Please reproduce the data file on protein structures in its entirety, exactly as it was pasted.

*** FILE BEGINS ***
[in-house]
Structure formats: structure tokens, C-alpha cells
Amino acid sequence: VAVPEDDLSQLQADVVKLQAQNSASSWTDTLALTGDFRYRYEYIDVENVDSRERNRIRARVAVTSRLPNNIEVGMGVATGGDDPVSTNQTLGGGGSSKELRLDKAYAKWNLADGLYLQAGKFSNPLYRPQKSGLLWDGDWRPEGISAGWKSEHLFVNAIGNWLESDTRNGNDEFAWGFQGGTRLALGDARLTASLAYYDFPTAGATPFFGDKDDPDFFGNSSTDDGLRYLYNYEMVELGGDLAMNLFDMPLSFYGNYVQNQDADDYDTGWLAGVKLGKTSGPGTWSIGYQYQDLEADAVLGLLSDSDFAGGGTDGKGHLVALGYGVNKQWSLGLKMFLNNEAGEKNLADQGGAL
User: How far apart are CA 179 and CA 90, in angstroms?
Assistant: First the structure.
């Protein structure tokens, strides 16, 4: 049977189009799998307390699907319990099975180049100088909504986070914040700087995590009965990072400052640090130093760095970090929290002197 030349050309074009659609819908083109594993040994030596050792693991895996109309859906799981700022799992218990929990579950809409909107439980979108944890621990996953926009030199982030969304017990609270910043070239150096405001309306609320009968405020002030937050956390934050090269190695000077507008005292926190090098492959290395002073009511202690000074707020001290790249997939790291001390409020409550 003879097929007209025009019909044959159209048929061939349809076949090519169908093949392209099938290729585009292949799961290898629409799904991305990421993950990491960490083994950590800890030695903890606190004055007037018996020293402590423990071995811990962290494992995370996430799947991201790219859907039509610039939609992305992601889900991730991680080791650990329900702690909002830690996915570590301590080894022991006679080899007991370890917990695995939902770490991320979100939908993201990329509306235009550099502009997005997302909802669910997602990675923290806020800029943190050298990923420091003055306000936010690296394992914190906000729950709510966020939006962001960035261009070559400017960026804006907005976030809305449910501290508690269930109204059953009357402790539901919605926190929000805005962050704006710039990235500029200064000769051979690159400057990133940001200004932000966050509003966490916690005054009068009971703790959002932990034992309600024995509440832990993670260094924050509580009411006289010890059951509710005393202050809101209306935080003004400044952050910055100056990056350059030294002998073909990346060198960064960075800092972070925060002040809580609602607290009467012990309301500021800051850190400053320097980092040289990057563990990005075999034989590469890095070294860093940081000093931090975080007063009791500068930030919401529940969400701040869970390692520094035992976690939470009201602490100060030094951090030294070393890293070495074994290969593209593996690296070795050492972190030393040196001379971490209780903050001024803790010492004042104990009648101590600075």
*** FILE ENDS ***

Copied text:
[in-house]
Structure formats: structure tokens, C-alpha cells
Amino acid sequence: VAVPEDDLSQLQADVVKLQAQNSASSWTDTLALTGDFRYRYEYIDVENVDSRERNRIRARVAVTSRLPNNIEVGMGVATGGDDPVSTNQTLGGGGSSKELRLDKAYAKWNLADGLYLQAGKFSNPLYRPQKSGLLWDGDWRPEGISAGWKSEHLFVNAIGNWLESDTRNGNDEFAWGFQGGTRLALGDARLTASLAYYDFPTAGATPFFGDKDDPDFFGNSSTDDGLRYLYNYEMVELGGDLAMNLFDMPLSFYGNYVQNQDADDYDTGWLAGVKLGKTSGPGTWSIGYQYQDLEADAVLGLLSDSDFAGGGTDGKGHLVALGYGVNKQWSLGLKMFLNNEAGEKNLADQGGAL
User: How far apart are CA 179 and CA 90, in angstroms?
Assistant: First the structure.
């Protein structure tokens, strides 16, 4: 049977189009799998307390699907319990099975180049100088909504986070914040700087995590009965990072400052640090130093760095970090929290002197 030349050309074009659609819908083109594993040994030596050792693991895996109309859906799981700022799992218990929990579950809409909107439980979108944890621990996953926009030199982030969304017990609270910043070239150096405001309306609320009968405020002030937050956390934050090269190695000077507008005292926190090098492959290395002073009511202690000074707020001290790249997939790291001390409020409550 003879097929007209025009019909044959159209048929061939349809076949090519169908093949392209099938290729585009292949799961290898629409799904991305990421993950990491960490083994950590800890030695903890606190004055007037018996020293402590423990071995811990962290494992995370996430799947991201790219859907039509610039939609992305992601889900991730991680080791650990329900702690909002830690996915570590301590080894022991006679080899007991370890917990695995939902770490991320979100939908993201990329509306235009550099502009997005997302909802669910997602990675923290806020800029943190050298990923420091003055306000936010690296394992914190906000729950709510966020939006962001960035261009070559400017960026804006907005976030809305449910501290508690269930109204059953009357402790539901919605926190929000805005962050704006710039990235500029200064000769051979690159400057990133940001200004932000966050509003966490916690005054009068009971703790959002932990034992309600024995509440832990993670260094924050509580009411006289010890059951509710005393202050809101209306935080003004400044952050910055100056990056350059030294002998073909990346060198960064960075800092972070925060002040809580609602607290009467012990309301500021800051850190400053320097980092040289990057563990990005075999034989590469890095070294860093940081000093931090975080007063009791500068930030919401529940969400701040869970390692520094035992976690939470009201602490100060030094951090030294070393890293070495074994290969593209593996690296070795050492972190030393040196001379971490209780903050001024803790010492004042104990009648101590600075």